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States Taking Fiduciary Reforms into Their Own Hands
PLANSPONSOR.COM | August 01, 2017
A Client Alert shared by Stradley Ronon, penned by ERISA attorneys George Michael Gerstein, Jessica Burt, and James Severs, warns that several states are in the process of debating and potentially adopting their own legislation relating to the fiduciary responsibilities of broker/dealers and investment advisers.
The laws could make for some interesting and challenging legal circumstances in the future, the alert warns, given that the Employee Retirement Income Security Act (ERISA) is generally understood to preempt state law. In recent years this generally meant that the Department of Labor (DOL) could enforce more rigorous conflict of interest standards on behalf of retirement investors than the individual regulators in more conservative states were apt to do. However, now that Republicans have regained control of Congress and the White House and are aiming at relaxing the recently expanded fiduciary rule the Obama administration sought to establish under ERISA, some states are considering what powers they have to pick up the slack.
Among the states debating/implementing their own conflict of interest rules are Connecticut, New Jersey and New York. Effective July 1, according to the Stradley Ronon attorneys, broker/dealers and investment advisers operating in Nevada became subject to the state’s financial planner statue, known as NRS 628A, “making them fiduciaries to their clients and requiring them to submit to a rigorous disclosure regimen.”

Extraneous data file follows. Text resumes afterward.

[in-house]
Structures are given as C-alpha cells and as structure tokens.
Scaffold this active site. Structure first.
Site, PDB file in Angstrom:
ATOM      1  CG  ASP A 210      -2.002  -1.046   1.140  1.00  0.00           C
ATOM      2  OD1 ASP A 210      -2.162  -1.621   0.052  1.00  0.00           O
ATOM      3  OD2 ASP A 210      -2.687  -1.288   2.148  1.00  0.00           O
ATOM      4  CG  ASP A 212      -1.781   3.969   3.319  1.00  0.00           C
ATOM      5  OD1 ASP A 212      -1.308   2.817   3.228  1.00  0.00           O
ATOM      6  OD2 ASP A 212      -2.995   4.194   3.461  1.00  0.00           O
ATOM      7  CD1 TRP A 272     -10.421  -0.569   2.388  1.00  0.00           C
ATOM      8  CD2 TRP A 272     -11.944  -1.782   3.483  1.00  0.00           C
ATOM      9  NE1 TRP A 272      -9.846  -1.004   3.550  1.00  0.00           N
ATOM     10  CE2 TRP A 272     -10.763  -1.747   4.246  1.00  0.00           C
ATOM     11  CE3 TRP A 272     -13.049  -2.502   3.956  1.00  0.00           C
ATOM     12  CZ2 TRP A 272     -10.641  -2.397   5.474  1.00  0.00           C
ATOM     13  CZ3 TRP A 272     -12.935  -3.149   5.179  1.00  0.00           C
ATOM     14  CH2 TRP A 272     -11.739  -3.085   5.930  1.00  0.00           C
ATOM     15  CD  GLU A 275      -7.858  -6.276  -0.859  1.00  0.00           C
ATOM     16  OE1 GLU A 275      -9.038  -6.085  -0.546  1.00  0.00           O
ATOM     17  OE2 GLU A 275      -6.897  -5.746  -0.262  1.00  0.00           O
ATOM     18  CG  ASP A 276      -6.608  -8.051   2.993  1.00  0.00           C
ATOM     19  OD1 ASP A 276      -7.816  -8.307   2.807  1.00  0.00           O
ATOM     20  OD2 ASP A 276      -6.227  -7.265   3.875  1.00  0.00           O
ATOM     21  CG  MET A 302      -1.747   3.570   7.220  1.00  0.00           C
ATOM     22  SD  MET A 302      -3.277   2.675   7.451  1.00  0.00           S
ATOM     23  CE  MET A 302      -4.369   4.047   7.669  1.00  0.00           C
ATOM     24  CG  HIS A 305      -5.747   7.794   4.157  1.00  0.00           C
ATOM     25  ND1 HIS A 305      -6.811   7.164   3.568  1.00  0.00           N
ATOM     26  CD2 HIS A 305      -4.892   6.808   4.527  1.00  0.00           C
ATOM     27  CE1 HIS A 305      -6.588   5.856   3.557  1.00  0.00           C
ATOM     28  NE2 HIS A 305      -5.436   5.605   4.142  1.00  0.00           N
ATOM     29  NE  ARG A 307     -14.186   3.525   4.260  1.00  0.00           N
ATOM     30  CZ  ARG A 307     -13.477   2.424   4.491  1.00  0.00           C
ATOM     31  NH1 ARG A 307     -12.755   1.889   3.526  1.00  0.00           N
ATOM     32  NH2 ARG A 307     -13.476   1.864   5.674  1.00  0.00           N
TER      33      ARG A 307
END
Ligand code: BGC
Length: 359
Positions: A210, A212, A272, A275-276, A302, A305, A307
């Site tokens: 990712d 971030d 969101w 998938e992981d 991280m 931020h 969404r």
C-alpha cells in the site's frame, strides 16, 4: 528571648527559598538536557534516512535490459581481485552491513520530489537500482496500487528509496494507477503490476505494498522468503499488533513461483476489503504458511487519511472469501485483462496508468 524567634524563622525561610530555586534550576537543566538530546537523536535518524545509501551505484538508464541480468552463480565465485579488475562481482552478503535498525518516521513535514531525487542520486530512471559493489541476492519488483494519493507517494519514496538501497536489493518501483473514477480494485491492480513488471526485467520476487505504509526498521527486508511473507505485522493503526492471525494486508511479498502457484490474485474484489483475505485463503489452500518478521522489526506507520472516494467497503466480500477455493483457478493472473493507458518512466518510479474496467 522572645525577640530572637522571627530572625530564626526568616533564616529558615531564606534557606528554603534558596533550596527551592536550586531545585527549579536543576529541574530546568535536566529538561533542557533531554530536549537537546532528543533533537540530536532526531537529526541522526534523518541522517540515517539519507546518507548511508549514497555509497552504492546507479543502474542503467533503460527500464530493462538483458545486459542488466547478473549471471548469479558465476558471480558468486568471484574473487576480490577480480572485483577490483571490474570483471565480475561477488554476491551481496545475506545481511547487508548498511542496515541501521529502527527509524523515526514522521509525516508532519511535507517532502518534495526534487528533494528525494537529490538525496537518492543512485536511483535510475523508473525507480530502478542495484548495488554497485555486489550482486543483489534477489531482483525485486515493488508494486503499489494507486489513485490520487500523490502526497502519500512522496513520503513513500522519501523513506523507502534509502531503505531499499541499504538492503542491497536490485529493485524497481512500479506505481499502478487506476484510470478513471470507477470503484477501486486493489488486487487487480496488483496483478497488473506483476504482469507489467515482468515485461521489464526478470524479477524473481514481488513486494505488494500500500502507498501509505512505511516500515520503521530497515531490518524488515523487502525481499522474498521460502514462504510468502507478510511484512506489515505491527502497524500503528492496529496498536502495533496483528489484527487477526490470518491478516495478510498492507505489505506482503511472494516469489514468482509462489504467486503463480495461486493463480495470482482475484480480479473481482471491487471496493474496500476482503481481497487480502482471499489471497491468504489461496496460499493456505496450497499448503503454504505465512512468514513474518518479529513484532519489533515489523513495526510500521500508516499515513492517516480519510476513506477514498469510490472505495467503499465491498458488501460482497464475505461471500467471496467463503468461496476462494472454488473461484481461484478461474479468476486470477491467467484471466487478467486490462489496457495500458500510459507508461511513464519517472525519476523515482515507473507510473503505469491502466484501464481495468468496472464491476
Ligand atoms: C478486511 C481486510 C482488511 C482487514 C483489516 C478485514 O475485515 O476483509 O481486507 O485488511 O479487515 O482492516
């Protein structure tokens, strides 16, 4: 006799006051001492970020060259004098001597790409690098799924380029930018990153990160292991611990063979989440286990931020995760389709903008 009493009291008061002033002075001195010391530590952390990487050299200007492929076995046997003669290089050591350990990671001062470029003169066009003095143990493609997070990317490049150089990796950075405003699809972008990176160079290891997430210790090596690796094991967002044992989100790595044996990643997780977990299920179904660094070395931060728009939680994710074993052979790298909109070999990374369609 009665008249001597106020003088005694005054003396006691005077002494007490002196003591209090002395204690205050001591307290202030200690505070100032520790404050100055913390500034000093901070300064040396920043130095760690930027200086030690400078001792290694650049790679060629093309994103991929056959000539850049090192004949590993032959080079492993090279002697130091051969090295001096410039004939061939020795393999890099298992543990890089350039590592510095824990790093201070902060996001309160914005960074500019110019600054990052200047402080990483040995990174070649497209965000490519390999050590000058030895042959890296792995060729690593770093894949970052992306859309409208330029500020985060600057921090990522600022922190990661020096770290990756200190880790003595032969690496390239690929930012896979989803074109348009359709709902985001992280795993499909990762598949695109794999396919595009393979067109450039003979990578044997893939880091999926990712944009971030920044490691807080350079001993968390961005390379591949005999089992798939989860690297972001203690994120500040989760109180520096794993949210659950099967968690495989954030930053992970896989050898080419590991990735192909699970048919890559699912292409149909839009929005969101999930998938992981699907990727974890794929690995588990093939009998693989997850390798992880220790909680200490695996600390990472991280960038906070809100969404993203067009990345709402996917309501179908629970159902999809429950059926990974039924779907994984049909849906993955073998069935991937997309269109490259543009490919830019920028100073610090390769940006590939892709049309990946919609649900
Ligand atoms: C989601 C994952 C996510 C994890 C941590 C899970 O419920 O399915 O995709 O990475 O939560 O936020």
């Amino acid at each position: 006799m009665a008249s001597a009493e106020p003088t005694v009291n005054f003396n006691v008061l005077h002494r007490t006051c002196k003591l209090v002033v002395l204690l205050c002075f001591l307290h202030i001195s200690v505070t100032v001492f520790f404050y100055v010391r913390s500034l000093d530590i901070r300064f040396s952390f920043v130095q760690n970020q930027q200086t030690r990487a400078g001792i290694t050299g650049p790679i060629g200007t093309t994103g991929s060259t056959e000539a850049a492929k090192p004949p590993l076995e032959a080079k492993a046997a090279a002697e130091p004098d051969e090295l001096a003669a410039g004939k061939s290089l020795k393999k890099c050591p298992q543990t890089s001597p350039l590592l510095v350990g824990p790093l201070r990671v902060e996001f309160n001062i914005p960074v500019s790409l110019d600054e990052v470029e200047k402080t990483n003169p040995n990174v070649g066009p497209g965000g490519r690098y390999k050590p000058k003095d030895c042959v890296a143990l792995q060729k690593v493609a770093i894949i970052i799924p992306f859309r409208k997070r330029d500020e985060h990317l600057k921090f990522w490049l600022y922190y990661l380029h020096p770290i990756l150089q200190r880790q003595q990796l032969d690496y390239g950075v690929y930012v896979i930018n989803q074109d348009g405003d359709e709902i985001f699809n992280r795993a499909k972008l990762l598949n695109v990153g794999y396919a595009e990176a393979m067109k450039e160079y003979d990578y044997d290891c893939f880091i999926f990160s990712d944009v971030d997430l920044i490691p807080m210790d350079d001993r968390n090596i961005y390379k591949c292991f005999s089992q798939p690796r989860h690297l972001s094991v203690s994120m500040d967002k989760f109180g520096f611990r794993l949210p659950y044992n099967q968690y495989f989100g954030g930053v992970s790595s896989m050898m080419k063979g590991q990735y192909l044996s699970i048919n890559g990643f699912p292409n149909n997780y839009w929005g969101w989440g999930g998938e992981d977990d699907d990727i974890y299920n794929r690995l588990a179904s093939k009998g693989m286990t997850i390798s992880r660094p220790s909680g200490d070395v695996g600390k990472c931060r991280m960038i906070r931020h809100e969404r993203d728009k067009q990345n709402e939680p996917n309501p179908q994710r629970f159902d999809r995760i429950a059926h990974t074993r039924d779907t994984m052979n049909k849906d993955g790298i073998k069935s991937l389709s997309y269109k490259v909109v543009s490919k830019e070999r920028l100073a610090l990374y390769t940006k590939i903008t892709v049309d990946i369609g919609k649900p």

DOL Rule Opponents Have Good Day in Appeals Court
Insurancenewsnet; Aug 1, 2017
The Fifth Circuit Court of Appeals lived up to its reputation for being tough on government regulators Monday during a hearing on the controversial Department of Labor fiduciary rule.
The 68-minute hearing was marked by several spirited clashes between government attorney Michael Shih and Judge Edith H. Jones over the DOL’s authority to regulate individual retirement accounts and how investment advice works in practice.
The appeals court, which has a reputation for narrowly defining federal powers, can throw out the rule if it chooses. The so-called "Harkin amendment" in the Dodd-Frank Act of 2010 gives it reason to do so, said Eugene Scalia, plaintiff attorney. Initiated by former Sen. Tom Harkin, D-Iowa, the amendment bars the SEC from regulating fixed-indexed annuities as securities, as it tried to do with Rule 151A.